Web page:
3 Days in Jawhar for Training of Yashoda’s

Nivedeeta Thombare    10 June 2017

Read about the personal experience of our employee visiting the actual field of implementation. Her 3 days experience captures the tough life of people there and how we provide technology and human resource for their betterment.

I had the opportunity to meet near about 70 to 80 Yashoda’s in their first training, Yashoda’s selected for the Malnutrition project in Palghar District, they are the responsible for monitoring the child health, pregnant women and adolescent girls. Yashoda mainly working in three villages i.e. Jawhar, Vikramgarh and Mokhada in Palghar district. These are tribal areas and have facing lots of malnutrition related problem. The village people are not that much educated, jobless, not having much opportunity and not aware about all these things. So Yashoda is mainly working for creating awareness and trying to reduce malnutrition in these areas.

The day training start, everyone is new, no one knows each other, because everyone came from different villages with lots of hopes that they are getting something here, which will help them to survive better in that areas, simultaneously they are worried about the process and job, because everything is new for them, some Yashodas came with their small kids, they were also worried about the family, as they have to stay here for 3 days.

GM of JSW(Jindal Steel Foundation ) and MIS manager of Government of India introduced them, and talk with them in their comfort zone, so that they feel better instead of scaring or worrying about the training, after playing one small game with them they became little bit comfortable to do the training, and trying to understand what they are going to do in this job.

At dinner in evening, to be more conformable at new place and new atmosphere like this, Yashoda’s appeared to be searching for people who are from their villages or in close community relation. Few found working colleagues from their native, they discussed local issues and shared rooms along with kids to stay, whereas others helped themselves to get socialise in this different ecosystem.

Actual training started next day in morning. In a cold winter days in forested green zone like this, it’s difficult to bath with cold water. However somehow behalf of arrangement no one received hot water that morning. Still no single complaint regarding this has received, upon investigation in casual talk we realized, no one complained as they were scared of losing job if it’s a voice against employer. We, trainer made them amply comfortable, gained their confidence and helped them solved their problems. We chose a monitor/team leader amongst them to take care of them and make us aware of issues if any.

The one who were carrying their kids, had a challenging time, to take care of kids and simultaneously concentrate on training is tiresome. This was a problem even we were too struggling to find a solution, however their community bondage was so strong that we did not had to allot our attention to resolve it. They co-ordinated amongst themselves. Where others used to guide and provide update to those who missed part of session in order to feed kids. A perfect example of teamwork. Such a co-ordination was not limited to this particular problem but in their every act we find there is a strong hidden bondage amongst them which provide spirit to help others.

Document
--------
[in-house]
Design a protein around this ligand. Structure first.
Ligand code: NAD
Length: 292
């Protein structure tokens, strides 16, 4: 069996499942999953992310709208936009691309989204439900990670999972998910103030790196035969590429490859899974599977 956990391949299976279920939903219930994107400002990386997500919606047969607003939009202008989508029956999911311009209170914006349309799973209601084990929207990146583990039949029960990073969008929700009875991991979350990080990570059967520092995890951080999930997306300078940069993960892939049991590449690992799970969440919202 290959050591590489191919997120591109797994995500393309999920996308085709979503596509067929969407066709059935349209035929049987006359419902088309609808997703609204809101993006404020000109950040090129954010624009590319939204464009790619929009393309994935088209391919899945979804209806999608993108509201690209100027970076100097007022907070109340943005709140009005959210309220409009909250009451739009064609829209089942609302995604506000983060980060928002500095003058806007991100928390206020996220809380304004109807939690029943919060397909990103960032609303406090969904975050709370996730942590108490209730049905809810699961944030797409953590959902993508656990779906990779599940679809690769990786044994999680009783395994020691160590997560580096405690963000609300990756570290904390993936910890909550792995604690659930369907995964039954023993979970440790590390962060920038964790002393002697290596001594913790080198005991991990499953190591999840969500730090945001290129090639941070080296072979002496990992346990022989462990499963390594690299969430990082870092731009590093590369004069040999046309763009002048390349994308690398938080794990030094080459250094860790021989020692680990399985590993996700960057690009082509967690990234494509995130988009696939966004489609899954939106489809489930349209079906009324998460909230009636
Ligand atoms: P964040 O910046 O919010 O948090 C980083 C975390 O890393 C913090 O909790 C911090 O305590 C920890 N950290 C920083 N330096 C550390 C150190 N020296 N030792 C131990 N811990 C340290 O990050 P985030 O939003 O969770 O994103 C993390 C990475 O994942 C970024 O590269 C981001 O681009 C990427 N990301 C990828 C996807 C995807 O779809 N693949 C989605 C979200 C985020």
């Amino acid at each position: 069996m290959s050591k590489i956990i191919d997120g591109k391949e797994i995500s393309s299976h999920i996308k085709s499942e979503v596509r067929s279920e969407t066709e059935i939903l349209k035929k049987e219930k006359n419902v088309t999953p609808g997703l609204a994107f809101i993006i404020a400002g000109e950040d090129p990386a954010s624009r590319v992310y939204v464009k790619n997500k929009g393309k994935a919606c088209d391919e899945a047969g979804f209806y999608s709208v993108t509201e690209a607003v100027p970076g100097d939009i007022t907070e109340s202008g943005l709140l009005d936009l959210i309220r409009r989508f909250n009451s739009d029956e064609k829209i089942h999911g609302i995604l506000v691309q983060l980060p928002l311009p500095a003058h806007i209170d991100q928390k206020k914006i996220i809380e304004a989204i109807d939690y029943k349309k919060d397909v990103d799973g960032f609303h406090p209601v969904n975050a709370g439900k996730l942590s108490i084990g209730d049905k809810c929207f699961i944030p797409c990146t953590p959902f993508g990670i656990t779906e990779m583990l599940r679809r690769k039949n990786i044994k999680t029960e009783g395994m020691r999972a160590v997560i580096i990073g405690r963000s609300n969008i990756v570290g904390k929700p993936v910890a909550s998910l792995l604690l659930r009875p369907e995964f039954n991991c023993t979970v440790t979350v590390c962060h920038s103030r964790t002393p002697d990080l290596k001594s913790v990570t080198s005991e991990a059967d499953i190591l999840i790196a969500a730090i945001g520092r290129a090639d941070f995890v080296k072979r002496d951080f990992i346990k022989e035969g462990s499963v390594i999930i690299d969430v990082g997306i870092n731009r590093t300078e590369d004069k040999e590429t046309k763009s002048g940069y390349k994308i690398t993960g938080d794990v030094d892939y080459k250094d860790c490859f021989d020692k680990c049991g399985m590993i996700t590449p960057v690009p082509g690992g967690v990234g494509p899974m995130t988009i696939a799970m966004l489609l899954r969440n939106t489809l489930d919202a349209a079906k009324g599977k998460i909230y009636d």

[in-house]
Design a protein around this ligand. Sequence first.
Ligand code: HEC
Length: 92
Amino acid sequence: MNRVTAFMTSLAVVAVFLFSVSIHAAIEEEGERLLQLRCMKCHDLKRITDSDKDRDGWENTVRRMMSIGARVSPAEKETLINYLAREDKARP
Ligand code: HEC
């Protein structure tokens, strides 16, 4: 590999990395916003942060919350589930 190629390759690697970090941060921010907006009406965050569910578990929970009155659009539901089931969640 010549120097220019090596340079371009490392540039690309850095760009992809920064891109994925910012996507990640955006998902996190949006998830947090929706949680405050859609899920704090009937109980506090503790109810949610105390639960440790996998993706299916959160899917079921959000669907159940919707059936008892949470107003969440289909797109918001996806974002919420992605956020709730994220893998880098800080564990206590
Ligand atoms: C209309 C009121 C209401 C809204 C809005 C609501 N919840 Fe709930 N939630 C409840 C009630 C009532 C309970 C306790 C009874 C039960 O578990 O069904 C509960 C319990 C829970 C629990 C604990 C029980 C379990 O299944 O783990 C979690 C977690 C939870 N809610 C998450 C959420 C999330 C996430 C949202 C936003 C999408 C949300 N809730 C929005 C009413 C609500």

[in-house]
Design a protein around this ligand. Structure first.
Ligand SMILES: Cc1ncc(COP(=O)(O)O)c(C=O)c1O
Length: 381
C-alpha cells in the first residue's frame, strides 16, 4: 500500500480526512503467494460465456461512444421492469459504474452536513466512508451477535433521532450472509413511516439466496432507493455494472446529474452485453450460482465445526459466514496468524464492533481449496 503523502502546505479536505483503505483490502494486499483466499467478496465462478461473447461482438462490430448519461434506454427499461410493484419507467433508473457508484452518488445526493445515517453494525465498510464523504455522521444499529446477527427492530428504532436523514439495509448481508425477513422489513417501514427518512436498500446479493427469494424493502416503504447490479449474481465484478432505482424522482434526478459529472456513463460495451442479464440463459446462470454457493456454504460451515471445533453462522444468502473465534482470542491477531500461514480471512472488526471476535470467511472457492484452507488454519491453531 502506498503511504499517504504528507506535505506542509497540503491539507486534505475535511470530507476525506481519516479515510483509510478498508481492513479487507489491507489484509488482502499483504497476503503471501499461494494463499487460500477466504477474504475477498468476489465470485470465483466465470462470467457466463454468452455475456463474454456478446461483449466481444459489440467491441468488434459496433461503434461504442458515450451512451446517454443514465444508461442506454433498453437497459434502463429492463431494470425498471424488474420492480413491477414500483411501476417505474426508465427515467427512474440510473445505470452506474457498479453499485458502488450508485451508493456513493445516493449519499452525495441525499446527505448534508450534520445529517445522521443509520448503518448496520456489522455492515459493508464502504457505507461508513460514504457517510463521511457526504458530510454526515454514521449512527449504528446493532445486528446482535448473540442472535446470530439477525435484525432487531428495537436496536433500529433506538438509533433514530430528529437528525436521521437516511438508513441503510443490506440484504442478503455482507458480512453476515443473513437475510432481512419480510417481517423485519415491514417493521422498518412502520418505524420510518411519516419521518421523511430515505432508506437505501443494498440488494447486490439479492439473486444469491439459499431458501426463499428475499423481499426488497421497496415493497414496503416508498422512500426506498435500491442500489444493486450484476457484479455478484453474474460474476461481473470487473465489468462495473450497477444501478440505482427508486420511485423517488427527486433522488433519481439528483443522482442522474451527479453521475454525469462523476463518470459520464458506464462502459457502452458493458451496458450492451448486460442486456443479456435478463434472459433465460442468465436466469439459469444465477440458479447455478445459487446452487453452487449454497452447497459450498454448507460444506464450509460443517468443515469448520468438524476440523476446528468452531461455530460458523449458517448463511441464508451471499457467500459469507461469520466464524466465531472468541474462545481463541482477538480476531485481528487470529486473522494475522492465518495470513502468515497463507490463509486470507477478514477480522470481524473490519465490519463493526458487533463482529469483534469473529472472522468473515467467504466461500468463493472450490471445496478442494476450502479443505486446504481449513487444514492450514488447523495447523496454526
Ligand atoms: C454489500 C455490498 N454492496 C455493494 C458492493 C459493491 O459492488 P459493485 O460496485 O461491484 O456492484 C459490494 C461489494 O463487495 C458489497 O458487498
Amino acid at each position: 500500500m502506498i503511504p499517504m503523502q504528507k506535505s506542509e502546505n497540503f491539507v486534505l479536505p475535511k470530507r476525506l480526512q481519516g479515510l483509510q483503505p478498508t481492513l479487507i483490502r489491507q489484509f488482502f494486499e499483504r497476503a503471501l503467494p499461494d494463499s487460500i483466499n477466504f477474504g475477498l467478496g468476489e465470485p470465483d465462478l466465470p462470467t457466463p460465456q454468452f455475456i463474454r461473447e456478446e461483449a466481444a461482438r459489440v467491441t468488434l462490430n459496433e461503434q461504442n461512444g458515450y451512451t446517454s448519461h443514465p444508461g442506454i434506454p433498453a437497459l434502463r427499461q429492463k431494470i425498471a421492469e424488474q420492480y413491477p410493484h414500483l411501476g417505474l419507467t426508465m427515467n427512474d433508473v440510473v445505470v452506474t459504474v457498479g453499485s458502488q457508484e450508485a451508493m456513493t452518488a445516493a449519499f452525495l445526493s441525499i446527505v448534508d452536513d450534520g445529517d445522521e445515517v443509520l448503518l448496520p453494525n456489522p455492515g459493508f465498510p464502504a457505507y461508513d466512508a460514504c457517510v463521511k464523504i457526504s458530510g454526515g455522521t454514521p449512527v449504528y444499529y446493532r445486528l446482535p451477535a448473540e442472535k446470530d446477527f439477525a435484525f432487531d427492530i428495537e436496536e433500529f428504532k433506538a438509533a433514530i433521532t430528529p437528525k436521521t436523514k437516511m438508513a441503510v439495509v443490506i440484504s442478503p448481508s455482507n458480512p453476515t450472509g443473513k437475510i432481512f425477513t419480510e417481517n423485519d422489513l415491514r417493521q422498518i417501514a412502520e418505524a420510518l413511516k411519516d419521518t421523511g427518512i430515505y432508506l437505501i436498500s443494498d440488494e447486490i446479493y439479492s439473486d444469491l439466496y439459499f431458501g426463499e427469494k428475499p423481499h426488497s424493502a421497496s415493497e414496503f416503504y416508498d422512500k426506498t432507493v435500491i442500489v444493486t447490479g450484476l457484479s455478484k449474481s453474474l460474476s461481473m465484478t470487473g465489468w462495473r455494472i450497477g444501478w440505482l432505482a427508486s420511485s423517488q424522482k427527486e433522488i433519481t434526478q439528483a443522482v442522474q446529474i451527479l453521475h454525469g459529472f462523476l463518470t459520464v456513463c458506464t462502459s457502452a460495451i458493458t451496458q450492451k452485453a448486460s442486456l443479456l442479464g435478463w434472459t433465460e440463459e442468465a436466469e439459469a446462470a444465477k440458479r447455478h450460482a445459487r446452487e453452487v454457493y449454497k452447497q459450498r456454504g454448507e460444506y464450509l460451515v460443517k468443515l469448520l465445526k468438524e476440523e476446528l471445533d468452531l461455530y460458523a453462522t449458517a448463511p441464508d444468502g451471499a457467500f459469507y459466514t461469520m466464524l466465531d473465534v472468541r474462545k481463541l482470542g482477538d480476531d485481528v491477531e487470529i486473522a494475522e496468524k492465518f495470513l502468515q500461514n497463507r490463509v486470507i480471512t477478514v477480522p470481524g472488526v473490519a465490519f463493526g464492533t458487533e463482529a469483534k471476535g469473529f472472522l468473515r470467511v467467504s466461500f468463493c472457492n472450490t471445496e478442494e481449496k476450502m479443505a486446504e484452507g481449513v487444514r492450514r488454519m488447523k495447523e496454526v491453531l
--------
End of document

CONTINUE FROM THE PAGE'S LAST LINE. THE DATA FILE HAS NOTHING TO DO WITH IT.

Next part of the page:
There were other problems like, few were greatly disturbed because of problems in life, families. Thus often used to lose concentration in training. Struggled hard to understand what is being taught in training. On top of it, because of being not able to understand part of course, they were worried to lose a job. Which is indeed a one of their vital need. Whereas few amongst them were very intelligent, they understood almost everything and developed clarity, and thus the confidence. These Yashoda’s being aware of their problem not only helped others motivated towards training but also put of their efforts to bring them on same stage.

One night, one of the Yashoda’s child fall sick, her child was only 11 months old. She got worried that she could lose job, and how can she take care of her child in such a situation. We took child to Primary Health Care center (PHC) there. In this local cottage hospital setup, doctor provided medicine. However upon having medicine and hospital care child did not developed sign of cure. She became more worried now, started sobbing – “Pleases don’t send me home, there aren’t any literate like you, no facility like this, and it is difficult to take care of my kid there.” Simultaneously she was worried to loose job. We managed to gain her confidants, told her that she won’t lose job and facilitate her kid to local cottage hospital. Other Yashoda’s motivated her, told her -” Nothing will happen to your kid. Pleases don’t worry.”

At the end of the training, almost everyone is different than the first day, now they are more confident and understand what they are supposed to do. A happy smiling faces in end were sigh of relief for successful completion and different time spend there, and now they can go home. Although eager to meet families and friends after going home they were equally emotional for departing friends there, memorable time spends amongst them.

For me personally, these were few of my most unforgettable events, where I came across difficult circumstances in which these tribes and Adivasis were living. Even after that, they are morally very high, always ready to support their community members and courageously putting efforts to solve their day to day problems. Really hats off to these women’s.

Nivedeeta Thombare 10 June 2017
  • Nivedeeta Thombare Research scholar from Tata Institute of Social Sciences, Mumbai who firmly believes in changing phase of globalisation, privatisation and liberalization.